Perhaps the best way to approach this is to think of MetaTrader and TradingView as complements of each other. You could for example use TradingView solely as a technical analysis tool and a social network for staying in touch with other traders, while placing your trades in MetaTrader (if your broker supports that platform).
Many traders who used to be hardcore supporters of MetaTrader have switched to TradingView, at least for their charting work. The most obvious reason for doing that is probably that TradingView runs in the cloud, and therefore automatically backs up everything you do on the platform. If your computer breaks down while using TradingView, you can simply get a new one and continue where you left off. With MetaTrader however, everything is saved locally on your hard drive, meaning everything you have done will be lost when your computer crashes.
For those active in the forex market, most brokers will offer their own web-based trading platform in addition to the MetaTrader platform. I would recommend starting with the web-based solution to learn the game at first. MetaTrader may feel overwhelming to start with, and there is no need to make things more difficult than they already are.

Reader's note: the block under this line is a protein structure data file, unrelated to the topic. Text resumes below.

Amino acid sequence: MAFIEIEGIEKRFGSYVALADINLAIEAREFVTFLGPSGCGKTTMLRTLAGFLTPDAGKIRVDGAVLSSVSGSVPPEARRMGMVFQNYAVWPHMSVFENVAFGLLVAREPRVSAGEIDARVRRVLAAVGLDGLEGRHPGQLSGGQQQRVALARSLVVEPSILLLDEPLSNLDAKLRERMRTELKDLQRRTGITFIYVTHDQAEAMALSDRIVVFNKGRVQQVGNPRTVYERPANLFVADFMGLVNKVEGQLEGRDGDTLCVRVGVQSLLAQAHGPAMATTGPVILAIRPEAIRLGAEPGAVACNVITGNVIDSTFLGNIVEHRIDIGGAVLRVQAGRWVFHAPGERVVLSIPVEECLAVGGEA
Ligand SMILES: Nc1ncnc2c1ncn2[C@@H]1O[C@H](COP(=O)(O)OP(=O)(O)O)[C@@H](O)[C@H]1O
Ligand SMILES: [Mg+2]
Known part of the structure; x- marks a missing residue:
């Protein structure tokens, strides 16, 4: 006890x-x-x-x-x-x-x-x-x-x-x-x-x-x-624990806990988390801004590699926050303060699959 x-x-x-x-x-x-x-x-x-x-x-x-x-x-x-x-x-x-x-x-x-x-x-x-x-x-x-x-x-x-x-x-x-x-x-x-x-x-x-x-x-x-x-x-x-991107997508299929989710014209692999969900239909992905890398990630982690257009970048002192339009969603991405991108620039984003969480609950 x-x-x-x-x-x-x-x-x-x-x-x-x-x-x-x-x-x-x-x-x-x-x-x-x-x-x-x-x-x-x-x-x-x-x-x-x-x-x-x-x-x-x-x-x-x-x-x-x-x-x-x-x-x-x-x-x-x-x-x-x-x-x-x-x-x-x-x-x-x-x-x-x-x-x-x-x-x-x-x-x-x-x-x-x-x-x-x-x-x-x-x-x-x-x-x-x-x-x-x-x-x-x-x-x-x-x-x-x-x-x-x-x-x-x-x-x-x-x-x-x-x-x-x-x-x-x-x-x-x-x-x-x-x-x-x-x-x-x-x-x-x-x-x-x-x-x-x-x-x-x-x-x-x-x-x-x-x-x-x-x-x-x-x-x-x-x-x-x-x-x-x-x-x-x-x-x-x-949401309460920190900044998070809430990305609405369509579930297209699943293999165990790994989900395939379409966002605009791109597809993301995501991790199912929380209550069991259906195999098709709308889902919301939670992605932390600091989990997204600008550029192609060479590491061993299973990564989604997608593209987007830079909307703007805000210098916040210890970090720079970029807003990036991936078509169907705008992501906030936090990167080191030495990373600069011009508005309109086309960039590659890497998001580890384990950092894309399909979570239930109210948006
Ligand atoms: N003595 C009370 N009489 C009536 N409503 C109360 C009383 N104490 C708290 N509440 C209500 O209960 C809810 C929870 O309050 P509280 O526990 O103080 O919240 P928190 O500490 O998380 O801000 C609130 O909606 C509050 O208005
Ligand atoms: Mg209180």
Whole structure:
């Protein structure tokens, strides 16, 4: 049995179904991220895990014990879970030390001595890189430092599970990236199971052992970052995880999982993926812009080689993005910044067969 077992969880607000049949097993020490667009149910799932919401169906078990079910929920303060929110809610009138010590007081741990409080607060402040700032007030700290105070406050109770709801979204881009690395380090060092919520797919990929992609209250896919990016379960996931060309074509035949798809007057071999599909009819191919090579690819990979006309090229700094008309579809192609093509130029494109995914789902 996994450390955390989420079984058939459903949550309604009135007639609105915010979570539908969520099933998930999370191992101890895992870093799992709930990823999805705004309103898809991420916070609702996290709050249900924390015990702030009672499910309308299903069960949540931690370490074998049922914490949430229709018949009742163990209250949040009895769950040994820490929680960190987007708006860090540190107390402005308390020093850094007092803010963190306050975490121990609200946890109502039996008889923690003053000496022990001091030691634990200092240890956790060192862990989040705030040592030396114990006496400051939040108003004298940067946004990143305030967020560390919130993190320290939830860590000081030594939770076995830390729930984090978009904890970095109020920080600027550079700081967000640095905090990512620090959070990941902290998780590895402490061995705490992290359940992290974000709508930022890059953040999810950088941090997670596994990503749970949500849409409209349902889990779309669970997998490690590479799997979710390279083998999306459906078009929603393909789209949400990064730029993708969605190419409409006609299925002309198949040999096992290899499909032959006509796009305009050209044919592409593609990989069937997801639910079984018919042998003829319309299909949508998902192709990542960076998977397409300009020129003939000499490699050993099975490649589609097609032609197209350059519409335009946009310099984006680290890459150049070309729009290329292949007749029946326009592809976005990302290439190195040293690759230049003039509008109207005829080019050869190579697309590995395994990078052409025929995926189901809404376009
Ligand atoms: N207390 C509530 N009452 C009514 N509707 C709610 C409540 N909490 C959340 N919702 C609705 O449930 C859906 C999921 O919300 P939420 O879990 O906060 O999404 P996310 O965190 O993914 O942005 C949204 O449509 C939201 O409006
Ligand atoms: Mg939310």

Once you have gained more confidence in the markets, you can try out MetaTrader if you feel the need for more advanced functionality or want to test out trading robots. If you instead prefer to do your own technical analysis, TradingView has you covered with pretty much everything you will ever need. By doing it this way and taking things one step at a time, your learning curve will become more manageable and your odds of success greatly improved.
Featured image from Pixabay.